# CS 147 Homework Assignment 1

This homework assignment is due at 12 AM on Thursday, February 9,
2012 (i.e., the Wednesday/Thursday boundary). Please give your
solutions to me, slide them under my door, or e-mail them.

Most of the problems in this assignment are taken from the textbook. I
expect that it will take you about 2 hours to complete the assignment.

If you use a Microsoft product to do your graphing, be sure to turn
off the stupid gray background, and ensure that color isn't essential
for interpreting the graphs (since I might decide to print things on a
B&W printer).

Problems from the textbook: 12.7 through 12.15.

Additional problems:

- 12.16
- What is the skewness (see box 12.1 on page 197) of the
data from problem 12.15? What is the kurtosis? The
kurtosis is calculated by using an exponent of 4 instead
of 3 in the skewness equation, and then subtracting 3
from the result, as follows:

kurtosis = [ 1/(n*s^4) * sum[(xi-xbar)^4] ] - 3

A skewness significantly far from zero indicates a skewed
distribution. A kurtosis with an absolute value greater
than about 0.5 indicates a distribution narrower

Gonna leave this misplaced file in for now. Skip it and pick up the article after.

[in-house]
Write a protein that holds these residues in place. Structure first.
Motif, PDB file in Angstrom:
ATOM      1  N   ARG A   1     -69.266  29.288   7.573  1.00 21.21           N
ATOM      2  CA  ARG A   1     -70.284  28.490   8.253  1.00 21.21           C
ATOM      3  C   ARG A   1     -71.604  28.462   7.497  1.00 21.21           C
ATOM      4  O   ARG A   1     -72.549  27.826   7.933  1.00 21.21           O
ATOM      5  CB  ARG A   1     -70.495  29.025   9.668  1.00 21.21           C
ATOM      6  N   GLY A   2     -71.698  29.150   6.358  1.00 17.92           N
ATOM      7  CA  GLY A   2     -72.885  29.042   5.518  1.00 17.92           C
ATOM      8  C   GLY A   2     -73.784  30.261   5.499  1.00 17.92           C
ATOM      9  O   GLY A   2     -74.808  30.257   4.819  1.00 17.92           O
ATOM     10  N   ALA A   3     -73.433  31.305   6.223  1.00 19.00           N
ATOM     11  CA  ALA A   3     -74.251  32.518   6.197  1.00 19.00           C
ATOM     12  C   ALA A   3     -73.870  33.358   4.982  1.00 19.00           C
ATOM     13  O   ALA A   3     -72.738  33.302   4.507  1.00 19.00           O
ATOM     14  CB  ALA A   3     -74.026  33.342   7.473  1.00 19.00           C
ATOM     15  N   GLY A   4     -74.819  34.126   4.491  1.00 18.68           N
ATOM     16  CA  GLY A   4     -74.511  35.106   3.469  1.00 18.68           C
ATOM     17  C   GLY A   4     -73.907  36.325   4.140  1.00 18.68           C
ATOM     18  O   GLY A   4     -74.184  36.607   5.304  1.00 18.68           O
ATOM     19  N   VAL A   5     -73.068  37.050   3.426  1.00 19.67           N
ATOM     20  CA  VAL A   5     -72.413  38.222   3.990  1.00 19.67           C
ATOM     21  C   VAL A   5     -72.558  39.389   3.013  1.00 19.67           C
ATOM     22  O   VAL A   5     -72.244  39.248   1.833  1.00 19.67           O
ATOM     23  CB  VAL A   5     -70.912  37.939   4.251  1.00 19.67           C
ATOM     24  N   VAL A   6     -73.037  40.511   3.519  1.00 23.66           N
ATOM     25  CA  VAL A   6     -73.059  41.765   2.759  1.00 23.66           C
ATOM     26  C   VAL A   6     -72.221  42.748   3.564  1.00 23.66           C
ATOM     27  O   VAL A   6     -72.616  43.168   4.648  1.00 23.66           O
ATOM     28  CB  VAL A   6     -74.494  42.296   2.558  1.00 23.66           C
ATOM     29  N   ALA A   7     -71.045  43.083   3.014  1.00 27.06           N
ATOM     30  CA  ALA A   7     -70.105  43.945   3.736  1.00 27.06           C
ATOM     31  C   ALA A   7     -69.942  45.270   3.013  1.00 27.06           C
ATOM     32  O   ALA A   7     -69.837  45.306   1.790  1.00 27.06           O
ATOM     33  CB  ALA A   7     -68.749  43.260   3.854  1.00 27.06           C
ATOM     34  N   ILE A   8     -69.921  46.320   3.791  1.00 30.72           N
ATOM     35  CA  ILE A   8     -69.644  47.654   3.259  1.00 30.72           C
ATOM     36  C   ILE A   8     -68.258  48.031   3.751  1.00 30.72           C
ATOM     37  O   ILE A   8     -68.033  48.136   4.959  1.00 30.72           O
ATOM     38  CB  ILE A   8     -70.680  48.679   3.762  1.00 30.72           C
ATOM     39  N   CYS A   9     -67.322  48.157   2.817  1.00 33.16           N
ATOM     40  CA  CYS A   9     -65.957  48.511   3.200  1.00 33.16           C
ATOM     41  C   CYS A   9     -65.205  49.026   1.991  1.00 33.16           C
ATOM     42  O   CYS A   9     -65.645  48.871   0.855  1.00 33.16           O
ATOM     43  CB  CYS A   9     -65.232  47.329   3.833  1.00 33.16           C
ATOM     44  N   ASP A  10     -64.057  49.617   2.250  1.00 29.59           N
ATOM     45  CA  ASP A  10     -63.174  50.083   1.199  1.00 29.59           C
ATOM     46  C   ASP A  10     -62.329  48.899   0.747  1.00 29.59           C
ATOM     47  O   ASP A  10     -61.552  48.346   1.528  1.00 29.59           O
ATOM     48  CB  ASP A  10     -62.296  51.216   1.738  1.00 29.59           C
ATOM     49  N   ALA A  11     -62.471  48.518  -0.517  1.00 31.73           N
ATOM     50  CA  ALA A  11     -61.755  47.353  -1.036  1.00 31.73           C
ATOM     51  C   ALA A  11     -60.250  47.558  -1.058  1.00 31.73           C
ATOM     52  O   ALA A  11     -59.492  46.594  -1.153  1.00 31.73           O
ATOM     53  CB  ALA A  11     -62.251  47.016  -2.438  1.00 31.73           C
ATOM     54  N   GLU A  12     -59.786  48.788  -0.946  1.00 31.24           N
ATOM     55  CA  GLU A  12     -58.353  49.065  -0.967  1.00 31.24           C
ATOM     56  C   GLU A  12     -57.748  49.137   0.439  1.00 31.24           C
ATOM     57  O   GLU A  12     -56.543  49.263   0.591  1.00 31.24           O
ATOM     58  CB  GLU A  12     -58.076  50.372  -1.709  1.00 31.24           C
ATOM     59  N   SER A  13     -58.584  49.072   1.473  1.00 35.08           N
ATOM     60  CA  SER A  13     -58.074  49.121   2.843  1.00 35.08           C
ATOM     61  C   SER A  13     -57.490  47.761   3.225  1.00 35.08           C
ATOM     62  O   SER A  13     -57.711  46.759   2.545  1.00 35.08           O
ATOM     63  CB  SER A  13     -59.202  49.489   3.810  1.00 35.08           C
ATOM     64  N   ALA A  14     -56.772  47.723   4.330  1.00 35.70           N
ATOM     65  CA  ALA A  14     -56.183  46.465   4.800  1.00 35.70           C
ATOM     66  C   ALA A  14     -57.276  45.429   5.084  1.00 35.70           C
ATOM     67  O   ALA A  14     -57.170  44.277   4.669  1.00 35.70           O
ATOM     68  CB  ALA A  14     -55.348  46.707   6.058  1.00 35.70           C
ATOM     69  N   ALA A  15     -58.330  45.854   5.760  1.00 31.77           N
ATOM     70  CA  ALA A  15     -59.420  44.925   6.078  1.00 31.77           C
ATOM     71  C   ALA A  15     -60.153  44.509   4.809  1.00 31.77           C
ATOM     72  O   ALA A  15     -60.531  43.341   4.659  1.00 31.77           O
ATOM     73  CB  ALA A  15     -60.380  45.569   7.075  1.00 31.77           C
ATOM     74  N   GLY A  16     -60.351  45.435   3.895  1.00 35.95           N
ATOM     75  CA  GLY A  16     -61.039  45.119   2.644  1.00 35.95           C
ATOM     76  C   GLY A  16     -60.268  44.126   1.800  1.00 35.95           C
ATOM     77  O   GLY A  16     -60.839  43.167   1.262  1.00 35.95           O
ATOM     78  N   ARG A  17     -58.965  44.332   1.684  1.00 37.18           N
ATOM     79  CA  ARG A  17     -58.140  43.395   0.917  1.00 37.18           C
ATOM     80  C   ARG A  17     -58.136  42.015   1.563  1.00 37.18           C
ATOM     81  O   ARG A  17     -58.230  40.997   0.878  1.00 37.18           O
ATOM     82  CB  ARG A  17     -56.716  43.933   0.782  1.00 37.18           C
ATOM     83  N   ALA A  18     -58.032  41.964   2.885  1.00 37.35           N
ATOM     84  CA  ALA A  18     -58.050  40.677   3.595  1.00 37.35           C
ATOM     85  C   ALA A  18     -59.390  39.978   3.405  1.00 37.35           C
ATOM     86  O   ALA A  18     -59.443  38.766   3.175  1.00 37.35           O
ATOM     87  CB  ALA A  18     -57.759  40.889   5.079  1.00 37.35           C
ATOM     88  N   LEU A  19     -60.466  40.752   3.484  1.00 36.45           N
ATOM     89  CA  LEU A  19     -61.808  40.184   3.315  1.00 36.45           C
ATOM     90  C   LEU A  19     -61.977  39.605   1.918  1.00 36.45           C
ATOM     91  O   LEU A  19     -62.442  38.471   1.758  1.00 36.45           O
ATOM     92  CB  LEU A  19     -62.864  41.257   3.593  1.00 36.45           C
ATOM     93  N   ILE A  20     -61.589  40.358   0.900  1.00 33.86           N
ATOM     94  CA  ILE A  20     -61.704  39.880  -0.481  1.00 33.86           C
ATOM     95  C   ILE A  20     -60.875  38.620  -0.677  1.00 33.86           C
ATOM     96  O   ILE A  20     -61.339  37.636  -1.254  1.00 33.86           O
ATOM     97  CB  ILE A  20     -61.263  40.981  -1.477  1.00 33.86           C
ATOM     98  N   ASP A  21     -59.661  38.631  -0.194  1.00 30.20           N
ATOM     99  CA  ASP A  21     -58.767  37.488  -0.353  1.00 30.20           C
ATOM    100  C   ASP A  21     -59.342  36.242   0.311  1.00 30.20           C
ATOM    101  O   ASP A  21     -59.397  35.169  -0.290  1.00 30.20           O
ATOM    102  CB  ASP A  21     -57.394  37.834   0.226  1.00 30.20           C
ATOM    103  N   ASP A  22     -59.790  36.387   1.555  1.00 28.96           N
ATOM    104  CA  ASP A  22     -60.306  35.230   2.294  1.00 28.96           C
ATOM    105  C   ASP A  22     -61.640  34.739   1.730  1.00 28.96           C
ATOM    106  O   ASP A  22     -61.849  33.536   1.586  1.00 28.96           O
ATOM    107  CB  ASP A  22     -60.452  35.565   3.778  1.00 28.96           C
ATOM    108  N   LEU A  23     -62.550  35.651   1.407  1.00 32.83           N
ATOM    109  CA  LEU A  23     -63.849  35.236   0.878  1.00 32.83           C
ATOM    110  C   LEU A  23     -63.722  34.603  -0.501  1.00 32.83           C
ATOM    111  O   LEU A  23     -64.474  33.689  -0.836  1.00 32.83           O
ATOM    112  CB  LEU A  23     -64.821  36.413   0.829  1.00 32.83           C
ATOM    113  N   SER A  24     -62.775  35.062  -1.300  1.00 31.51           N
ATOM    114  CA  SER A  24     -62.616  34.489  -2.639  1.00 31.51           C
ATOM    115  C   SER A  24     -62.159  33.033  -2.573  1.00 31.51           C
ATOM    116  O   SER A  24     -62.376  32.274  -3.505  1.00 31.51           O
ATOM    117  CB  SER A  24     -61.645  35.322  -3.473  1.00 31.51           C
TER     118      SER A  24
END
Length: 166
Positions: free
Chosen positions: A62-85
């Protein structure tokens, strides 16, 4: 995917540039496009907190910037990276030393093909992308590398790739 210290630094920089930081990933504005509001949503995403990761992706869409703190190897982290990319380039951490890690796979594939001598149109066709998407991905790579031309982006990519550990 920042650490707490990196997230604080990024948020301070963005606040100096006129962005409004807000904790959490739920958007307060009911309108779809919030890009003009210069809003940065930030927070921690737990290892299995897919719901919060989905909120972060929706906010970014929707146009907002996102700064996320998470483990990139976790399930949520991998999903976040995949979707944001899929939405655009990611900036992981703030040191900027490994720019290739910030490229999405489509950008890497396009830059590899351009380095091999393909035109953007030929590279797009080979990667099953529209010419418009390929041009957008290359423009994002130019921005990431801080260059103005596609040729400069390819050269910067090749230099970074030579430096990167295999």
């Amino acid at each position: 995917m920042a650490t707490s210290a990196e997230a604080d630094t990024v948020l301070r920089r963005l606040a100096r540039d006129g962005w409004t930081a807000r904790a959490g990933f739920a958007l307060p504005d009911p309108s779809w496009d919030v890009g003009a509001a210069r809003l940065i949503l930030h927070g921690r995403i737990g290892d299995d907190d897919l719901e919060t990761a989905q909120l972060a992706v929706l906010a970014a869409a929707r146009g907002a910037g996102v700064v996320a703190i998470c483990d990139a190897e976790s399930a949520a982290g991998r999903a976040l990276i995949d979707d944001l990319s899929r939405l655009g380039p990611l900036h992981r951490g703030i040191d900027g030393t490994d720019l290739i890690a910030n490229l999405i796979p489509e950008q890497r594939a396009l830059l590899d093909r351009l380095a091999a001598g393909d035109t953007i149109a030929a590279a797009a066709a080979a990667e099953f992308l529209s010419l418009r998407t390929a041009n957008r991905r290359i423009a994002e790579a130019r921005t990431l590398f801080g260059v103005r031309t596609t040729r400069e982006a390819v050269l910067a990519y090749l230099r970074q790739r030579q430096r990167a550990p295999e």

(negative) or wider (positive) than a normal distribution.

**NOTE:** Most authorities suggest dividing
by (n-1) instead of n when calculating both skewness and
kurtosis. For this problem, we'll stick with the biased
estimate (using n) since that's what the book uses.
- 12.17
- Do the skewness and kurtosis you calculated in 12.16
support the conclusions you reached in 12.15?
- 12.18
- (Extra credit.) Plot a kernel density estimate of the
data from problem 12.15, using either a Gaussian or a
triangular kernel. If you used an existing software to
create the plot, identify the package (I'm looking for
good packages).
- 12.19
- (Extra credit.) Derive the formula for the number of
samples needed to demonstrate that one system is better
than another to a given level of confidence.

## Notes:

To save you pointless typing, here are links to the data given in some
of the problems:

12.10
12.11
12.15
For problem 12.7, you may find the tables in Appendix A useful, or you
might choose to use a program with statistical functions (some options
include Excel, Matlab, R, and Minitab). In problem 12.7b, interpret
"less than" as "less than or equal to".

*© 2012, Geoff Kuenning*

This page is maintained by Geoff
Kuenning.